New treatment target discovered for sleep apnoea

Posted: 2 November 2022 | | No comments yet

A recent study in mice revealed that an ion channel already proven to affect blood pressure in obese mice plays a role in suppressing their breathing, influencing sleep apnoea.

obese mouse

In a new study with obese mice, Johns Hopkins Medicine, US researchers have discovered evidence that specialised channel proteins are possible therapeutic targets for sleep apnoea and similar abnormally slow breathing disorders in obese people.

The latest experiments, described in The Journal of Physiology, revealed that TRPM7 plays a role in suppressing breathing in obese mice with symptoms of sleep-disordered breathing conditions.

TRPM7, a cation channel protein, is found in carotid bodies, tiny sensory organs that detect oxygen and carbon dioxide changes and certain hormones in the bloodstream. They help transport and regulate the stream of positively charged molecules in and out of the carotid bodies’ cells.

Sleep-disordered is a condition estimated to affect up to 45 percent of obese Americans. Untreated, the condition can worsen heart disease progression and diabetes cause significant fatigue, as well as death from poor oxygenation.

Using silencing RNA, the researchers knocked out the gene responsible that produced the TRPM7 channel protein, which reduced the number of TRPM7 channels in the carotid bodies of obese mice. The mice then underwent a sleep study, during which researchers observed their breathing patterns and blood oxygen levels.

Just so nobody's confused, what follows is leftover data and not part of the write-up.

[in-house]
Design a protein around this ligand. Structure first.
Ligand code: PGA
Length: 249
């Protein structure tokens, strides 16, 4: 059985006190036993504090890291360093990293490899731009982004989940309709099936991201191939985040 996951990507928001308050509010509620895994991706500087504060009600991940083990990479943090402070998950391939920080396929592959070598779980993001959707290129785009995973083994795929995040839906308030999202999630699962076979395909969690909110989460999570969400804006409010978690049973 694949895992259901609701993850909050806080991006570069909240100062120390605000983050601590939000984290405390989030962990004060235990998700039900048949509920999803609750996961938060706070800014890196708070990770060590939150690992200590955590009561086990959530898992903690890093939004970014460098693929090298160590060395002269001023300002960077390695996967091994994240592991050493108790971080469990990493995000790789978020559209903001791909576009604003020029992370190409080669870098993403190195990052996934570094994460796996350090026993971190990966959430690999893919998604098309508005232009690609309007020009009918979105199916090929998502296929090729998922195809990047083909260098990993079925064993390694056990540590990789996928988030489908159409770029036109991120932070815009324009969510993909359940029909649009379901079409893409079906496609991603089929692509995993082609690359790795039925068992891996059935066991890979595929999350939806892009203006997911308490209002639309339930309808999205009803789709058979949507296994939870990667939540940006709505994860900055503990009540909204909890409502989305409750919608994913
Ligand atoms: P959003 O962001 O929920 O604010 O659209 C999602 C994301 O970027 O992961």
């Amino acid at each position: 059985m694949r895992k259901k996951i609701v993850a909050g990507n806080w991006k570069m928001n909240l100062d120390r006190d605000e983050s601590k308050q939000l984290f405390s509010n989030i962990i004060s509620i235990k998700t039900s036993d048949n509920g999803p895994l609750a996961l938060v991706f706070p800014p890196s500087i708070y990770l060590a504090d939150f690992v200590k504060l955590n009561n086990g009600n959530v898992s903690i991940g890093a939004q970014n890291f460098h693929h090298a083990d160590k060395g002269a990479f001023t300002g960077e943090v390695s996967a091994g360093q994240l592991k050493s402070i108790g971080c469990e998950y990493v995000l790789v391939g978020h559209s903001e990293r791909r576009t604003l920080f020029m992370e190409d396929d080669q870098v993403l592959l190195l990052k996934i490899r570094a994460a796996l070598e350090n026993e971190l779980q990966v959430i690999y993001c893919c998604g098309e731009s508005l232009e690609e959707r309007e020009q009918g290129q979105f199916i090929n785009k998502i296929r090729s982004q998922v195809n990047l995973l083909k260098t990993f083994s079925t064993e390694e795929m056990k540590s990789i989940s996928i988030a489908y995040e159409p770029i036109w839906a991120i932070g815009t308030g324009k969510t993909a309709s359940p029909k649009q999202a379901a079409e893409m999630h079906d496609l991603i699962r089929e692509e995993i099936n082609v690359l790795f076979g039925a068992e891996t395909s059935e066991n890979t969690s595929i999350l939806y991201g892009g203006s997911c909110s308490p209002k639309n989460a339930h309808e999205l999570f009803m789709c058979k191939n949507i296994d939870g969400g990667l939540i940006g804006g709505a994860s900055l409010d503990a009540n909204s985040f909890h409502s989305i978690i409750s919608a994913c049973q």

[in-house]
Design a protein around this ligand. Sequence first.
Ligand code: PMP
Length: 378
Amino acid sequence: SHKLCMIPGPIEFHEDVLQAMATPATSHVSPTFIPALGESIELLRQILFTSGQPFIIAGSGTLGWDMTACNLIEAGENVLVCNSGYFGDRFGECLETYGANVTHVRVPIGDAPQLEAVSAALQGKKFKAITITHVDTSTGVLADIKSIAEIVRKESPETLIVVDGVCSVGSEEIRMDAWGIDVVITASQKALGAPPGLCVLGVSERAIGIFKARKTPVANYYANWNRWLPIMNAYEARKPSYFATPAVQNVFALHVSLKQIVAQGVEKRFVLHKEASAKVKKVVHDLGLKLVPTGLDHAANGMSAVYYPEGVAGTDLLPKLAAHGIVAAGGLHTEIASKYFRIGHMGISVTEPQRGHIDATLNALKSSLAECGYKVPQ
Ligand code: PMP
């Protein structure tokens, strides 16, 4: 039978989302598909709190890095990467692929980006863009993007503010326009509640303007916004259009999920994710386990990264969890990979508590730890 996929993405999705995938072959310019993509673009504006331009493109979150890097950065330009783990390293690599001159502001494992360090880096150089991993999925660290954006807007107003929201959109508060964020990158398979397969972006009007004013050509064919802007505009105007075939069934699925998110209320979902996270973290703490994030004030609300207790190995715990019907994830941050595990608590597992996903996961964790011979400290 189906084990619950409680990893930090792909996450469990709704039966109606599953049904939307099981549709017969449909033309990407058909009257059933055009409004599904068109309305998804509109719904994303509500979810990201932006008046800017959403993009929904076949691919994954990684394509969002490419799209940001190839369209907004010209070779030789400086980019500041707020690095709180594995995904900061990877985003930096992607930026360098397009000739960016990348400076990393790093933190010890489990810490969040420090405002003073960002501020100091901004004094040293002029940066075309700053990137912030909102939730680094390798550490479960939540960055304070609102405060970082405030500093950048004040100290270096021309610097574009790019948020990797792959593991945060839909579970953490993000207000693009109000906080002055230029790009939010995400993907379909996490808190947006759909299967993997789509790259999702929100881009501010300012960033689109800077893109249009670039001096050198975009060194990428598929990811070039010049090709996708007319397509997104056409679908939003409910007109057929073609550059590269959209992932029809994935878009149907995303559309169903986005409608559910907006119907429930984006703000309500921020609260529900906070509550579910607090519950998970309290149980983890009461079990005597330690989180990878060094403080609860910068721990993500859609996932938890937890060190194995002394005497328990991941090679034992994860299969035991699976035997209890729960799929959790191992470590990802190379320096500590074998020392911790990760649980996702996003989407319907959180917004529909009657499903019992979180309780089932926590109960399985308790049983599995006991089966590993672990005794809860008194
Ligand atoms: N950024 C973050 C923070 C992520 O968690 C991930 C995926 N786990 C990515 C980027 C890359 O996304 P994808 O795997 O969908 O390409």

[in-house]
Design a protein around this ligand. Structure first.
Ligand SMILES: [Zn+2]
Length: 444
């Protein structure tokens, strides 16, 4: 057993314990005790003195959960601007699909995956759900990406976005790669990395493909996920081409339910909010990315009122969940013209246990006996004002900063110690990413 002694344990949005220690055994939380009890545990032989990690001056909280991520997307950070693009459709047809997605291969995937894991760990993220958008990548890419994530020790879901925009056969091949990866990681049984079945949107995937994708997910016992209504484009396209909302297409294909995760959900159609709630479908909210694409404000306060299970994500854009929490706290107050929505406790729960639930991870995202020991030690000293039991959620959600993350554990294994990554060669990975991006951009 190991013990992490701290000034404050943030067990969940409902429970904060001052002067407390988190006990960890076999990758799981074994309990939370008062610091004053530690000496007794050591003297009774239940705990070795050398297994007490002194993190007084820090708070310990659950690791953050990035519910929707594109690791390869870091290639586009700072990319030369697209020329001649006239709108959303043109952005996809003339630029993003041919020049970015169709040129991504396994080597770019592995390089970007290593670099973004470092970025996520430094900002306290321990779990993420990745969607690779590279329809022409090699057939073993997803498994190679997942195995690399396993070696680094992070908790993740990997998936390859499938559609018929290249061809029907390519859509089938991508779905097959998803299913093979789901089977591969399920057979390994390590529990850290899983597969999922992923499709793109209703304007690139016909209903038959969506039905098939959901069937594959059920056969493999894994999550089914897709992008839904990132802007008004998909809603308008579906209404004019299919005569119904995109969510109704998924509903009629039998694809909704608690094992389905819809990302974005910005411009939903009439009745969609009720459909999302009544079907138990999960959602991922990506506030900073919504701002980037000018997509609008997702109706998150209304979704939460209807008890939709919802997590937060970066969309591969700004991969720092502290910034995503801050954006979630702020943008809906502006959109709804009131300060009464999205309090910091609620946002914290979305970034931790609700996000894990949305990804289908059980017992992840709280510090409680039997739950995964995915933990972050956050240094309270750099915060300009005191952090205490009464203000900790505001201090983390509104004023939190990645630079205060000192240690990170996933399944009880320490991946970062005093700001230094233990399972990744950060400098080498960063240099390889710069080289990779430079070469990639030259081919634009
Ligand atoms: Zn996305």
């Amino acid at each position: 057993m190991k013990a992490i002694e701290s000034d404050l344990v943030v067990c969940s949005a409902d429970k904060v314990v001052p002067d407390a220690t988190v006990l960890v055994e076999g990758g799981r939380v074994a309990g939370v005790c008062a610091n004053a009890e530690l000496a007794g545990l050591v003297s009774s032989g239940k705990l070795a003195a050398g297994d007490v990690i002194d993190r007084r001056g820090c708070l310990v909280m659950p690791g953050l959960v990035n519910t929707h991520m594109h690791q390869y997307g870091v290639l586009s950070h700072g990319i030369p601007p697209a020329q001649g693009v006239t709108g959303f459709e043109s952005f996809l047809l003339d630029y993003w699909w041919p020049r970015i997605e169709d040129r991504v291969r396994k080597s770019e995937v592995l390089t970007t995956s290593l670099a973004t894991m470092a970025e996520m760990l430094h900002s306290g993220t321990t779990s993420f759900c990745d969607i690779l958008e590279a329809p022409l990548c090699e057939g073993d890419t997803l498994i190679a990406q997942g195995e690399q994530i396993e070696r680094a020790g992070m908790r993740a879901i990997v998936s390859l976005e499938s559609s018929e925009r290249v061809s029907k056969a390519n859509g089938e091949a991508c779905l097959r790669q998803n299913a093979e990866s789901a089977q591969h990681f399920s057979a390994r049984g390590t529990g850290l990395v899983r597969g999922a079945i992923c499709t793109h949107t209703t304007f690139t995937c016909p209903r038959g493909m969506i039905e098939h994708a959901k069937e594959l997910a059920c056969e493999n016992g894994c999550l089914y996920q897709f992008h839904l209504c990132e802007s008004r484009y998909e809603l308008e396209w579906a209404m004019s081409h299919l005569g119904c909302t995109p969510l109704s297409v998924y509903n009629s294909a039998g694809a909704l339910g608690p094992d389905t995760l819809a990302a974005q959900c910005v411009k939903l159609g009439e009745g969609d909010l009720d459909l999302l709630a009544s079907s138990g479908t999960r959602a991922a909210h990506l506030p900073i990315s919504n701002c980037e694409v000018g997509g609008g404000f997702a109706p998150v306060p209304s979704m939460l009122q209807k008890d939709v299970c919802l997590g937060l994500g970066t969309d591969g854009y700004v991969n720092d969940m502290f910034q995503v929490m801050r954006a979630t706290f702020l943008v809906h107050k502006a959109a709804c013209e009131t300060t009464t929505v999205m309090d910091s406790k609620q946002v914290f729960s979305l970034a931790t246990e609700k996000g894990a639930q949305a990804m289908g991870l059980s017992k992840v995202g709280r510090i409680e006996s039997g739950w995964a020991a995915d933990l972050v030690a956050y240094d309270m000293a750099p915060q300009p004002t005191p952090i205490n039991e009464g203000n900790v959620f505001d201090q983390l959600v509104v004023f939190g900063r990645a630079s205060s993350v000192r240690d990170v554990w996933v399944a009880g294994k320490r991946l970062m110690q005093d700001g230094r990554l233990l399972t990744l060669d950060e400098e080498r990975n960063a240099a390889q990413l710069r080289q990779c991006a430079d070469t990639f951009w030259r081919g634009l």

In obese mice with blocked TRPM7, the researchers noted large differences in their rates of minute ventilation. The obese mice showed a 14 percent increase in their minute ventilation, 0.83 mL/min/g during sleep.

Researchers observed this data as a significant improvement in ventilation when compared to obese mice that had TRPM7, whose average minute ventilation was 0.73 mL/min/g. The findings indicate the ventilatory capacity in these mice was improved while they slept, effectively combating the decreased breathing patterns of sleep apnoea.

However, it was found that despite the increased ventilation in obese mice lacking TRPM7, their blood oxygen levels did not increase. For this finding, researchers exposed the mice to hypoxic environments and then monitored their breathing patterns.

Although the mice’s minute ventilation increased by 20 percent, from 1.5 mL/min/g to 1.8 mL/min/g, their bloodstream oxygen levels decreased – meaning their additional inhalations did not help saturate the body with more oxygen.

“This suggests that treatments designed to reduce or erase TRPM7 in carotid bodies would not be workable for people living in low-oxygen environments, such as those in very high altitudes, or for those with conditions that already limit blood oxygen saturation, such as lung disease,” explained postdoctoral fellow Dr Lenise Kim.

The team’s findings also illustrated that leptin, which is produced in fat cells and is responsible for curbing appetite, may cause an increase in TRPM7 channels.

In obese mice who possess more fat cells, the increased amount of leptin may lead to an oversaturation of TRPM7. These high levels of the cation channel in turn may lead to the low respiration rates observed in obese mice with TRPM7.

“While more research is needed, carotid body TRPM7 is a promising therapeutic target not only for hypertension in obesity, but also for abnormal breathing during sleep associated with obesity,” said Dr Vsevolod (Seva) Polotsky, director of sleep research and professor of medicine at the Johns Hopkins University School of Medicine.

“CPAP actually works for most patients, the fact is that most patients are not adherent to this treatment,” added Kim. “So knowing that TRPM7 contributed to high blood pressure and sleep-disordered breathing, we wondered if blocking or eliminating that channel could offer a new treatment target.”

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